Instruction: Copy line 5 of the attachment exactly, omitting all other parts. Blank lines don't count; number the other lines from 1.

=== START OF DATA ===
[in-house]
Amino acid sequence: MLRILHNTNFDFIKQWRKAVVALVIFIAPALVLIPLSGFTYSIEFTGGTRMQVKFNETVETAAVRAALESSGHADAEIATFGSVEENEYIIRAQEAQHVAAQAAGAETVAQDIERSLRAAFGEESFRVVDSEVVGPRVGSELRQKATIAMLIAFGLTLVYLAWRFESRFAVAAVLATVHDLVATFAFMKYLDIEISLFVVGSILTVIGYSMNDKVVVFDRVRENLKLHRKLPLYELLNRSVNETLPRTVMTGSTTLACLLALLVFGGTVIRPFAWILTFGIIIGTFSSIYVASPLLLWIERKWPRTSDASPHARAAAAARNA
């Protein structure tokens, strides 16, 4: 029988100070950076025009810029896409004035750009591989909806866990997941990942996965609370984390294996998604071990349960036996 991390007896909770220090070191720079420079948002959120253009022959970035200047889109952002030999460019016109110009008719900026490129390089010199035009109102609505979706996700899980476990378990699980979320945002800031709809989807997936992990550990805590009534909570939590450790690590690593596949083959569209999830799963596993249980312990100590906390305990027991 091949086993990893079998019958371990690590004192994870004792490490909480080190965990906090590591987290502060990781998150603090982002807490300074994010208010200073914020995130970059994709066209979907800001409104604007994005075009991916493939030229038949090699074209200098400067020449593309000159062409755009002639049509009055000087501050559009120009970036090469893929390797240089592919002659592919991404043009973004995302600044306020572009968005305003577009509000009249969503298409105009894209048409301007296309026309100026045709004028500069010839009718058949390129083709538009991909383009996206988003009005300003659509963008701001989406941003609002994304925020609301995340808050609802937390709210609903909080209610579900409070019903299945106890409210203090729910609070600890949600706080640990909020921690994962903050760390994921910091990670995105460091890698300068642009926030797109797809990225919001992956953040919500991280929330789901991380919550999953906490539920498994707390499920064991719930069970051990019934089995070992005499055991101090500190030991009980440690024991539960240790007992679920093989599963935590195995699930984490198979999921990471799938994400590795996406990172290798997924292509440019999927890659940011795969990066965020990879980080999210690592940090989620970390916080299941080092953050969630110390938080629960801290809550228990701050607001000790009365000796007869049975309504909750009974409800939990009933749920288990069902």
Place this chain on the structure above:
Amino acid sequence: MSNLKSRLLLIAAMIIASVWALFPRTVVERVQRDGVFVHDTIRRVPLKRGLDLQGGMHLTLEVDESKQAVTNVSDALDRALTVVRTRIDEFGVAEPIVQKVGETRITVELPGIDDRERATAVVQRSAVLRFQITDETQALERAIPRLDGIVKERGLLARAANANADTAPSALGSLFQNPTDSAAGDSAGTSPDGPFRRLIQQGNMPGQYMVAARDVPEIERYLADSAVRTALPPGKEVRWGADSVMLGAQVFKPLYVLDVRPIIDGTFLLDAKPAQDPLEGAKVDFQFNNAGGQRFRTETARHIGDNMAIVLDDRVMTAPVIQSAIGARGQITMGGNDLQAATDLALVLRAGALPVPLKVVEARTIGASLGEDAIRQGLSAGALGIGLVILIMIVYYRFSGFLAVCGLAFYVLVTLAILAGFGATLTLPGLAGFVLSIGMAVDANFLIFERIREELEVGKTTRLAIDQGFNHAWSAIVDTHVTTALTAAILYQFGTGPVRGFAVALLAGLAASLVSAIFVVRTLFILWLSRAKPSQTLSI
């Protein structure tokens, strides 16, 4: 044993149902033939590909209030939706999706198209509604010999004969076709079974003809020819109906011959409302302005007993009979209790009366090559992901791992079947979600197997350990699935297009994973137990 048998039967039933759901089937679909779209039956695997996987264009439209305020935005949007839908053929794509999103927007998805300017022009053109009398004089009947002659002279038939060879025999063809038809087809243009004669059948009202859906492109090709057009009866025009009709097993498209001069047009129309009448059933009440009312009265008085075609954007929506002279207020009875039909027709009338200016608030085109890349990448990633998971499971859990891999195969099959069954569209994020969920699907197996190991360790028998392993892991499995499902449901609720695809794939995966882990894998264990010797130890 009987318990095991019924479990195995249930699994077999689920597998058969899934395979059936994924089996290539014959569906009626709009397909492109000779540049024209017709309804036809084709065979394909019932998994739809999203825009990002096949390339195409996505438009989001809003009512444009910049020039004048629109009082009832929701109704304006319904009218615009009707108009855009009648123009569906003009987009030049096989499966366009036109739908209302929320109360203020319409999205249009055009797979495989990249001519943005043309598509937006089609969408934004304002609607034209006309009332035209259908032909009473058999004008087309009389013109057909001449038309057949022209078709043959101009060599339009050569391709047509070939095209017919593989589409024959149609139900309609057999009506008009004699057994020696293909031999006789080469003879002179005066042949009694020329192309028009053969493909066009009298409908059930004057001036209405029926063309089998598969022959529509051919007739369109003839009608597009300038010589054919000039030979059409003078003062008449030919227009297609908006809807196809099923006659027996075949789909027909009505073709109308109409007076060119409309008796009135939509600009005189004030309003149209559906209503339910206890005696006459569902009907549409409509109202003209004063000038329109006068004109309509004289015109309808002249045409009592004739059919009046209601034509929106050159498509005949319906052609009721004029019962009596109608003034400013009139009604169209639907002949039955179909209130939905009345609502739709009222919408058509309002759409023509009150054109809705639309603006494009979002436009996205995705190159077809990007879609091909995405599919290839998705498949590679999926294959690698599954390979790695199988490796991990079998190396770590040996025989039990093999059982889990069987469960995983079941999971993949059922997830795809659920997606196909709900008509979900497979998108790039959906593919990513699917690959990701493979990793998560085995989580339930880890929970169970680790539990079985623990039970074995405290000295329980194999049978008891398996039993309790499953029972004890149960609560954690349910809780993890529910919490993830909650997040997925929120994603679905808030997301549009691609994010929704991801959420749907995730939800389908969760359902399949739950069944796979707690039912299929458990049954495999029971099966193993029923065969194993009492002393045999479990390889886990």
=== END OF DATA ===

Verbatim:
Amino acid sequence: MSNLKSRLLLIAAMIIASVWALFPRTVVERVQRDGVFVHDTIRRVPLKRGLDLQGGMHLTLEVDESKQAVTNVSDALDRALTVVRTRIDEFGVAEPIVQKVGETRITVELPGIDDRERATAVVQRSAVLRFQITDETQALERAIPRLDGIVKERGLLARAANANADTAPSALGSLFQNPTDSAAGDSAGTSPDGPFRRLIQQGNMPGQYMVAARDVPEIERYLADSAVRTALPPGKEVRWGADSVMLGAQVFKPLYVLDVRPIIDGTFLLDAKPAQDPLEGAKVDFQFNNAGGQRFRTETARHIGDNMAIVLDDRVMTAPVIQSAIGARGQITMGGNDLQAATDLALVLRAGALPVPLKVVEARTIGASLGEDAIRQGLSAGALGIGLVILIMIVYYRFSGFLAVCGLAFYVLVTLAILAGFGATLTLPGLAGFVLSIGMAVDANFLIFERIREELEVGKTTRLAIDQGFNHAWSAIVDTHVTTALTAAILYQFGTGPVRGFAVALLAGLAASLVSAIFVVRTLFILWLSRAKPSQTLSI